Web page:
‘Adulting Schools’ Teaching Younger Generations Basic Living Skills
Adulting is hard. Once you are out of the protection of your parents, you realize how much they took care of and did for you. And no one said adulting is easy.
In fact, many youngsters are finding they are leaving college with a degree but no basic life skills, especially since schools have done away with home economic classes long ago.
When there once was a time when school helped teach the next generation how to cook, change a tire, or write a check, now it’s either up to the parents to teach these skills or for the young adult to figure it out as they go.
The problem is many millennials are finding they are getting themselves into financial trouble because as they learn they are making some costly mistakes.
And with student debt hanging over majority’s head, understanding basic adulting is crucial for some stability in life.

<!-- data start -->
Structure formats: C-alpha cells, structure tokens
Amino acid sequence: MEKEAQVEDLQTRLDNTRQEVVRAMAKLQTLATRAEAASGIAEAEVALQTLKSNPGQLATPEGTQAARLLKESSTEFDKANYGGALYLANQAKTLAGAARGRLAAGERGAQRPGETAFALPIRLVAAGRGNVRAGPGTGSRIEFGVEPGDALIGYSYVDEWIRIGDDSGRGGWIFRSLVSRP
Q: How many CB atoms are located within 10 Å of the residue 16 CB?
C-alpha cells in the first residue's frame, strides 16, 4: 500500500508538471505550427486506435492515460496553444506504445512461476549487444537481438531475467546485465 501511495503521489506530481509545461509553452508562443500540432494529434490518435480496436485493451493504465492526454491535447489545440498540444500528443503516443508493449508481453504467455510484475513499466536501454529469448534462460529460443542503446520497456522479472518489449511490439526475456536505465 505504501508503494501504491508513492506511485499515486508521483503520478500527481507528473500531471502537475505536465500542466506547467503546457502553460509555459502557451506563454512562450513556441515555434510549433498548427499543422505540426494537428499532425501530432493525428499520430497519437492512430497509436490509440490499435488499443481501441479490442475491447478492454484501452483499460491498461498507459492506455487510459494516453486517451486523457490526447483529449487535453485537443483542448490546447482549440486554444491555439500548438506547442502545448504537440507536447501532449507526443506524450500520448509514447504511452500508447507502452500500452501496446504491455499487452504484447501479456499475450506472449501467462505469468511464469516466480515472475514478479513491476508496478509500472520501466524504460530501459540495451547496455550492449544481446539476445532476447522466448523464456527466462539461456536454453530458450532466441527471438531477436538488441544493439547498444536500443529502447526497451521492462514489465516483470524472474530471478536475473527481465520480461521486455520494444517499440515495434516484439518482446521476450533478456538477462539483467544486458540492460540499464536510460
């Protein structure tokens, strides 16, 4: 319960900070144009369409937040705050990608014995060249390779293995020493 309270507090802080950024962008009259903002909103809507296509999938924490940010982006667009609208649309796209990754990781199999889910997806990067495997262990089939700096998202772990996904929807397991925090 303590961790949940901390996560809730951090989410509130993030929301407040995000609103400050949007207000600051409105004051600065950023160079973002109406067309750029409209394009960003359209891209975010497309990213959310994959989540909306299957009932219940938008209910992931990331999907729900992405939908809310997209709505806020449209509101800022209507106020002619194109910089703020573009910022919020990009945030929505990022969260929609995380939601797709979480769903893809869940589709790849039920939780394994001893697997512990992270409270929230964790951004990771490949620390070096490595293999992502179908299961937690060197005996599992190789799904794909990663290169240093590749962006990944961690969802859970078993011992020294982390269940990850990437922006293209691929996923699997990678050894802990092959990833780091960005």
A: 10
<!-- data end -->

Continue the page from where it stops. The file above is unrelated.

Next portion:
That’s why Rachel Weinstein co-founded the Adulting School, a place where those who are struggling with basic life skills can learn in an environment that is safe and fun. No judgement here, because everyone is just as confused as the person next to them.
Weinstein is a psychotherapist who found that many of her younger patients all had stress in common areas such as basic financial literacy and life skills.
Because of this, she decided to start a program that helps teach people of all ages these skills to help eliminate stress and create a better functioning life, according to NPR.org.
Weinstein holds her classes at bars or restaurants, and even offers private classes through social media groups. The school discusses everything from how to network to how to fold sheets or boil eggs.
And one common area discussed is how to manage money and help gain financial literacy.
The school may sound silly, but it appears to be hitting a niche that has a large number of participants looking for help and guidance.
With a generation the most educated in history, it seems only fair they also are taught how to boil water and fold their linens.